How often is violence against women happening?

The statistics show    

  • this is a really big problem in our community,

  • a quarter of kids have witnessed violence in their homes,

  • women are more likely to be abused by a partner than a stranger, 

  • young women are especially at risk of being abused.

  Since the age of 15, almost 40 per cent of women have experienced violence (1 [ABS]).

  The most common form of violence experienced by women globally is intimate partner violence (someone they know well), sometimes leading to death (2 [UN]).

  Globally, one in three women will be raped, beaten, coerced into sex or otherwise abused in her lifetime (3 [Unifem]).

  Pregnant women can be at greater risk of experiencing violence. Women are often assaulted for the first time, or experience an increase in assaults during pregnancy (4 [Office of Women's Policy Vic]).

  Just over 20 per cent of homicides involve intimate partners. Males commit homicide seven times more frequently than women (5 [AIC]).

  Of the 122 intimate partner homicides perpetrated in Australia throughout the period of 2008 to 2010, 73% of victims were female.(6 [Chan and Payne]).

  An estimated quarter of children and young people have witnessed intimate partner violence against their mother or step-mother (7 [AIC]).

  Violence against women is the leading contributor to death, disability and illness in Victorian women aged 15-44, being responsible for more of the disease burden than many well-known factors such as high blood pressure, smoking and obesity (8 [VicHealth]).

  Most cases of violence are not reported. About 80 per cent of cases of violence go unreported to the police (9 [VicHealth]).

  In 2009, the total cost of domestic violence on the Australian economy was $13.6 billion (10 [KPMG update of Access Economics 2004 Study] ). This is such a large amount of money it is hard to imagine. It might be easier to imagine what else would cost this amount - for example, this figure is the equivalent of building about 30 Docklands Stadiums - each year.


Violence Against Children

   61 per cent of women who reported violence by a current partner had children in their care at some time during the relationship.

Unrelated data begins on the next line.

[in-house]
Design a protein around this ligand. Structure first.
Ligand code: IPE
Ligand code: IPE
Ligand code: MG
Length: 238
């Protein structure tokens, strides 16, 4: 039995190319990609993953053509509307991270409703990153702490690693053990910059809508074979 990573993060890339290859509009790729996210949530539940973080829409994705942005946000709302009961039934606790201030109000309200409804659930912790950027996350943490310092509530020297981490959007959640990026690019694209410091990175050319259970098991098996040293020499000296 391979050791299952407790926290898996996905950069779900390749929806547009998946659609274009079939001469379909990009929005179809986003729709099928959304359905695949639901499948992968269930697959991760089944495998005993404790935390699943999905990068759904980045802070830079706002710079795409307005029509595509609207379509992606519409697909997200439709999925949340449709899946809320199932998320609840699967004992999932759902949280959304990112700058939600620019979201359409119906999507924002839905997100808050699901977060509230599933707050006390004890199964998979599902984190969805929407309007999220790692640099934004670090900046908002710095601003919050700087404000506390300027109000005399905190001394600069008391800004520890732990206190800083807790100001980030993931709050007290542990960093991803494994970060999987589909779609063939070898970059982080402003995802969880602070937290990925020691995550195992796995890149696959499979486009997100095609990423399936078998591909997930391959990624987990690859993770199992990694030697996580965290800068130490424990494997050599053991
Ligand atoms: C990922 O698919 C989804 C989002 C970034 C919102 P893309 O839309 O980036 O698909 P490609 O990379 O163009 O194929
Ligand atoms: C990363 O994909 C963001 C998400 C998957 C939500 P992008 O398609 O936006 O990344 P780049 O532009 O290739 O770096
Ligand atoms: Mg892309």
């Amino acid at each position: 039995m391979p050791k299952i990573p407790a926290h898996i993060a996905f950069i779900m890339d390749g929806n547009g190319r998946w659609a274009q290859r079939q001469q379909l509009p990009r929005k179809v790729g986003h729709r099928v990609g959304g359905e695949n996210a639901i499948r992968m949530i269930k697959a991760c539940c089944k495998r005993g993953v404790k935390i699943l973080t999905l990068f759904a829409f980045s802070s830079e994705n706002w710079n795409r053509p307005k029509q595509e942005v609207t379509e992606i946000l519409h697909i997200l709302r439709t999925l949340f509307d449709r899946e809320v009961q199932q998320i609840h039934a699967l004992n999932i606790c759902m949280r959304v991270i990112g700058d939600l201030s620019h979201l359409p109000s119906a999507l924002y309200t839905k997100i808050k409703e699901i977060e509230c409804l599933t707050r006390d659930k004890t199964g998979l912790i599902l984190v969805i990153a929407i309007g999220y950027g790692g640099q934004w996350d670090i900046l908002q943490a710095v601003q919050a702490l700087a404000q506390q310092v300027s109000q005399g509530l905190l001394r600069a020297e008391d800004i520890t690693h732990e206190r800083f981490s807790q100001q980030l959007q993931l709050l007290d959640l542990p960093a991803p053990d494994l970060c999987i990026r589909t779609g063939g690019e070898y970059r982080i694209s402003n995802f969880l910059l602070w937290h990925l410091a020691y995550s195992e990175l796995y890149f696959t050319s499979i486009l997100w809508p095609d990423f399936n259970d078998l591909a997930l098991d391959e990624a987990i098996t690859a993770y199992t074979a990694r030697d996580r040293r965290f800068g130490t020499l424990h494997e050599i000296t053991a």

In 32 to 53 per cent of families where women are beaten, their children are also beaten by the same perpetrator.

   A Western Australian study reported one third of children having been hit by their fathers while trying to defend their mothers.

   90 per cent of children present in violent homes have witnessed the violence perpetrated against their mothers.

(11 [the above statistics on Violence Against Children come from White Ribbon])


Violence Against Young Women

“38% of young women in high school in Australia said they had sex when they didn't want to” (12 [DVRCV]).

   Younger women are more at risk than older women. For young women, the risk of violence is 3 to 4 times higher than the risk for women overall (13 [AIC]).

   12 per cent of women aged 18-24 had experienced an incident of physical assault in the last 12 months, compared to 6 per cent of women aged 35-44 (14[ABS]).

   28.2 per cent of women aged 18-24 had experienced an incident of sexual assault in the last 12 months, compared to 17.2 per cent of women aged 45 and older (15 [ABS]).

   13.4 per cent of women aged 18-24 had experienced unwanted sexual touching by a man in the last 12 months (16 [ABS]).

   For young women, 38% report ever having unwanted sex (17 [LaTrobe University]).

   12 per cent of young women aged 18-23 report that they have been in a violent relationship with a partner or spouse (18 [AIC]).

Of those who reported physical violence, nearly half had been subjected to 'serious violence' including being beaten, choked, or attempted shooting. Seven per cent had been shot or stabbed, while three-quarters had been slapped, kicked, hit with a fist or with something else that could hurt them. About three-quarters had sustained injuries. Sixteen per cent were seriously injured including broken bones, burns, broken teeth, or had suffered miscarriages (19 [AIC]).


Violence Against Men

Men are more likely than women to be the victims of general violence (20 [ABS]).

Young men (aged 18-24) are most likely to have experienced recent violence, with 31 per cent of men in this age group reporting at least one experience of violence in the last 12 months (as at 2005) (21 [ABS]).

Most of the violence against them is coming from other men. For example, almost 90 per cent of males who have been physically assaulted identify their perpetrator as male (22 [ABS]).